Google is set to bring Chrome packaged apps to mobile, as well as desktop. The apps in question, which recently launched as “Desktop apps” in the Chrome Web Store for Chromebooks (or “Offline Apps” elsewhere), act just like web apps except they operate outside of a web browser, and don’t need an Internet connection. While we’ve long expected Google to bring Chrome extensions to mobile, this represents a new frontier in Google’s platform functionality.

The project was discovered by The Next Web, who stumbled across a GitHub repository named Mobile Chrome Apps. Innocuous at first, it quickly became interesting when the project was found to be led by a Google software developer, Michal Mocny. The project is designed to give Developers a well rounded experience in programming and launching Chrome apps across platforms, and includes everything from bug fixes to testing.

Interestingly, the apps are meant for both the Play Store and App Store, but no nation of Windows Phone is made. The requirements suggest that Android 4.0 and up will be supported, with iOS functionality marked as TBA.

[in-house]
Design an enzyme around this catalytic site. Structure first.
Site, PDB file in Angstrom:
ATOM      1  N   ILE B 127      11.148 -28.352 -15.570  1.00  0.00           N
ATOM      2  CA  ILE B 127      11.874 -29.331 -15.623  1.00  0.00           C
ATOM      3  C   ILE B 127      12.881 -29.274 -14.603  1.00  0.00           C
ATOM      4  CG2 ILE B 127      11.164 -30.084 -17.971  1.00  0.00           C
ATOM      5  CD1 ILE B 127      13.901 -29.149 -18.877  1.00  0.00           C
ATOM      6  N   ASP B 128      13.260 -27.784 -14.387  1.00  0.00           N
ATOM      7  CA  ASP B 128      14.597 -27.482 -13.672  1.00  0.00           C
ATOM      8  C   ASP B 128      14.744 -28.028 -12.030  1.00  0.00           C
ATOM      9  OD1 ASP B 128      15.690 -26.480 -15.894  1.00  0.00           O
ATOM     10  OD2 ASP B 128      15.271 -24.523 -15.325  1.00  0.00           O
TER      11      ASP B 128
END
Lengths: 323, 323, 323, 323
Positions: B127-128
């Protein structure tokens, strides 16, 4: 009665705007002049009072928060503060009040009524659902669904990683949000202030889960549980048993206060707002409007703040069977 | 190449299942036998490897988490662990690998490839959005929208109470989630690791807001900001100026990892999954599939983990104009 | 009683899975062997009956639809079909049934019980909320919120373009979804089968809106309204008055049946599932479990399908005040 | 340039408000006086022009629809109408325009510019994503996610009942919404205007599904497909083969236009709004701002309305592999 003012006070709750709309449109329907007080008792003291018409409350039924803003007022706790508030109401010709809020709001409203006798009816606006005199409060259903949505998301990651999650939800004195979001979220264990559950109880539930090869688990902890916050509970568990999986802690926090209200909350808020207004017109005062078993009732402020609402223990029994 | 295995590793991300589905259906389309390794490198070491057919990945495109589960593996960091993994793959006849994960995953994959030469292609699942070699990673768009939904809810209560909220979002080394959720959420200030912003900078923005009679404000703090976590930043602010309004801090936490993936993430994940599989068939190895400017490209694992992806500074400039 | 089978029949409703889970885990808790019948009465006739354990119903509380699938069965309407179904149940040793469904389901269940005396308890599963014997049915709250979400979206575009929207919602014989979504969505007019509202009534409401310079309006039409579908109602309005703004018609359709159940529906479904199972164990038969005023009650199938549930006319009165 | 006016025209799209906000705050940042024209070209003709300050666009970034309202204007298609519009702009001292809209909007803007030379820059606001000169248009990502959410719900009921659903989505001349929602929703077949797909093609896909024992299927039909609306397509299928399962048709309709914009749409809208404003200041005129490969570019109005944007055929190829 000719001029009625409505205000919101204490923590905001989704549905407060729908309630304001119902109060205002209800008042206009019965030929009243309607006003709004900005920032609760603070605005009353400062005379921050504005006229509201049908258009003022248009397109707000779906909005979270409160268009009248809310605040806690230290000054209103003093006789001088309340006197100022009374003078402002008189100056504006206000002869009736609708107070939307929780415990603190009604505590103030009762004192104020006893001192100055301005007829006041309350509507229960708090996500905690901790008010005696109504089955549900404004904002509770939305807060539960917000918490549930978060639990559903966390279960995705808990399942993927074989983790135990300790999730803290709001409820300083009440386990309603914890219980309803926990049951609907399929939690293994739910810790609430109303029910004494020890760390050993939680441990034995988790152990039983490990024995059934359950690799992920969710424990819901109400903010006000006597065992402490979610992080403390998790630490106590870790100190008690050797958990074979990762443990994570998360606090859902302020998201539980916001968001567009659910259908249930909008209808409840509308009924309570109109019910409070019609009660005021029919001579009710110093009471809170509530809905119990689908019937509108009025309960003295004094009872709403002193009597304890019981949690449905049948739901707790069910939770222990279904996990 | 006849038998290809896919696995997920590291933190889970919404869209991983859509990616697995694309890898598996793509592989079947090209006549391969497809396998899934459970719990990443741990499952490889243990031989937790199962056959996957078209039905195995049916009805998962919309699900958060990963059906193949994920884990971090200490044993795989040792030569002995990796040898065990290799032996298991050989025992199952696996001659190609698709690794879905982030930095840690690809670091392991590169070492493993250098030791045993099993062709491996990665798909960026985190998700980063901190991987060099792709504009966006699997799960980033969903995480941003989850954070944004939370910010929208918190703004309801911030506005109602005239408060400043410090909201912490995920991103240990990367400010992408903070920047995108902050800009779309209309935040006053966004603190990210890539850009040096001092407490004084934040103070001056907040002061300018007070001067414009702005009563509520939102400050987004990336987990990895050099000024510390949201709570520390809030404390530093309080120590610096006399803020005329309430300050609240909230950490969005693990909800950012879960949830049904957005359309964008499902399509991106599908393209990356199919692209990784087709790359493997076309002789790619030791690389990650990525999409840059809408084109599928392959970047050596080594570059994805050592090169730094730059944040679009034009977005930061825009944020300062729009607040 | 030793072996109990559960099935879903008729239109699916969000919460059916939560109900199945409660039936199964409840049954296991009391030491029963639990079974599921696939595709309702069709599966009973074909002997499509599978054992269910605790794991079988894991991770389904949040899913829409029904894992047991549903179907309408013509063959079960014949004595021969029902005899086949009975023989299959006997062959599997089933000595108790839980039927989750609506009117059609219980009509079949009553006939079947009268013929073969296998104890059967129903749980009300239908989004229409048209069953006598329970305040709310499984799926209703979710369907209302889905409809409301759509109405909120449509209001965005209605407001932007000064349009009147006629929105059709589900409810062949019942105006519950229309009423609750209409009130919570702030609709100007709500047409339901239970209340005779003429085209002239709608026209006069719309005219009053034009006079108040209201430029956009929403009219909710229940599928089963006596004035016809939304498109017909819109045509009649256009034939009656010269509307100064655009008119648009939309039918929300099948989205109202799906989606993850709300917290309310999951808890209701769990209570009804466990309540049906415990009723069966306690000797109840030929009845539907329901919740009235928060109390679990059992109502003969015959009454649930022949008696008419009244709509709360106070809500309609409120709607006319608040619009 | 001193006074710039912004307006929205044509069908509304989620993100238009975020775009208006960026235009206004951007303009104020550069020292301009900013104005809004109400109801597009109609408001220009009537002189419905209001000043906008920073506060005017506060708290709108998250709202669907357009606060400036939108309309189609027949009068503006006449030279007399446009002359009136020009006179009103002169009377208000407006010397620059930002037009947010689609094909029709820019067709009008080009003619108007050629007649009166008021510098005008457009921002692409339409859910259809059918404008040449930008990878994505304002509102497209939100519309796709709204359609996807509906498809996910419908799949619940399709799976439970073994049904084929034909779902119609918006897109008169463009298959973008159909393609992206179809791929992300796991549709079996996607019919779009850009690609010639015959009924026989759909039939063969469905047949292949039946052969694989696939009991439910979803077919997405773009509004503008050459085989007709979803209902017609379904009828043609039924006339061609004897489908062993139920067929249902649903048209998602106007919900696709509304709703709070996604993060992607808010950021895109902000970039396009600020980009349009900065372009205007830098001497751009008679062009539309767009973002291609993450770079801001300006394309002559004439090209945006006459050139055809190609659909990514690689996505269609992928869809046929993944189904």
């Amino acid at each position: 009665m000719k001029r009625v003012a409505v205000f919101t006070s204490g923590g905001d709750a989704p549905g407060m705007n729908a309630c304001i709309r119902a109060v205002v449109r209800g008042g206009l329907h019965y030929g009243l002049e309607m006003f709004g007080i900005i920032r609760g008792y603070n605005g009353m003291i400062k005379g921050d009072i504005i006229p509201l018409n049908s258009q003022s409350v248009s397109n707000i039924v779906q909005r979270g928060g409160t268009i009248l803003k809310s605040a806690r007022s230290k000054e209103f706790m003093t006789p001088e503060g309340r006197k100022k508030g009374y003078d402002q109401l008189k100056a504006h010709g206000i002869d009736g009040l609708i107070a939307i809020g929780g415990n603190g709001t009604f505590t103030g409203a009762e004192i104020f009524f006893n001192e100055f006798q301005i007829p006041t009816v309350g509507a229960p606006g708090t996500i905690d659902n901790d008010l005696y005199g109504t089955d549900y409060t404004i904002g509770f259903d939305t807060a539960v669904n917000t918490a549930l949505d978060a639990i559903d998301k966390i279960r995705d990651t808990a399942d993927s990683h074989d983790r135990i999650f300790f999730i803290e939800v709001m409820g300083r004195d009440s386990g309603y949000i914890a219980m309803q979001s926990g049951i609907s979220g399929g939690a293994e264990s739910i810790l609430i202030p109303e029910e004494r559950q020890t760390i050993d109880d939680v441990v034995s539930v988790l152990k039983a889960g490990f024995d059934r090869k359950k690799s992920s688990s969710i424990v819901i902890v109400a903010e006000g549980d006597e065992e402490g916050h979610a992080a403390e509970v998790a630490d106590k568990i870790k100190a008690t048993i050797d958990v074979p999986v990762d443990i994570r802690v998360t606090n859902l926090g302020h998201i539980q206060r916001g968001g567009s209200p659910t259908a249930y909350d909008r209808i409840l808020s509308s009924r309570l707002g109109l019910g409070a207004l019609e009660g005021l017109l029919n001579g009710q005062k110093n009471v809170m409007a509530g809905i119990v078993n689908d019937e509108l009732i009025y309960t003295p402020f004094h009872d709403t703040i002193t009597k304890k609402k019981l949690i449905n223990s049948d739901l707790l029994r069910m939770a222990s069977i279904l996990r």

Chrome apps are written in HTML5, which has traditionally been reserved as a web-centric markup language. By offering HTML5 apps for offline use, Google is pushing the boundaries of operating systems, essentially challenging the need for one altogether. We see tho currently with Chrome apps finding a home on the Windows home screen and menu bar. By crossing into mobile, Google is continuing to push boundaries with the simplest of technologies.

The apps are said to be ready for beta testing as early as January, and we’ll be sure to watch for them in the Play Store. We’d like to think a Play Store update would serve as a precursor for a launch, as these would likely get their own section within Google’s storefront.


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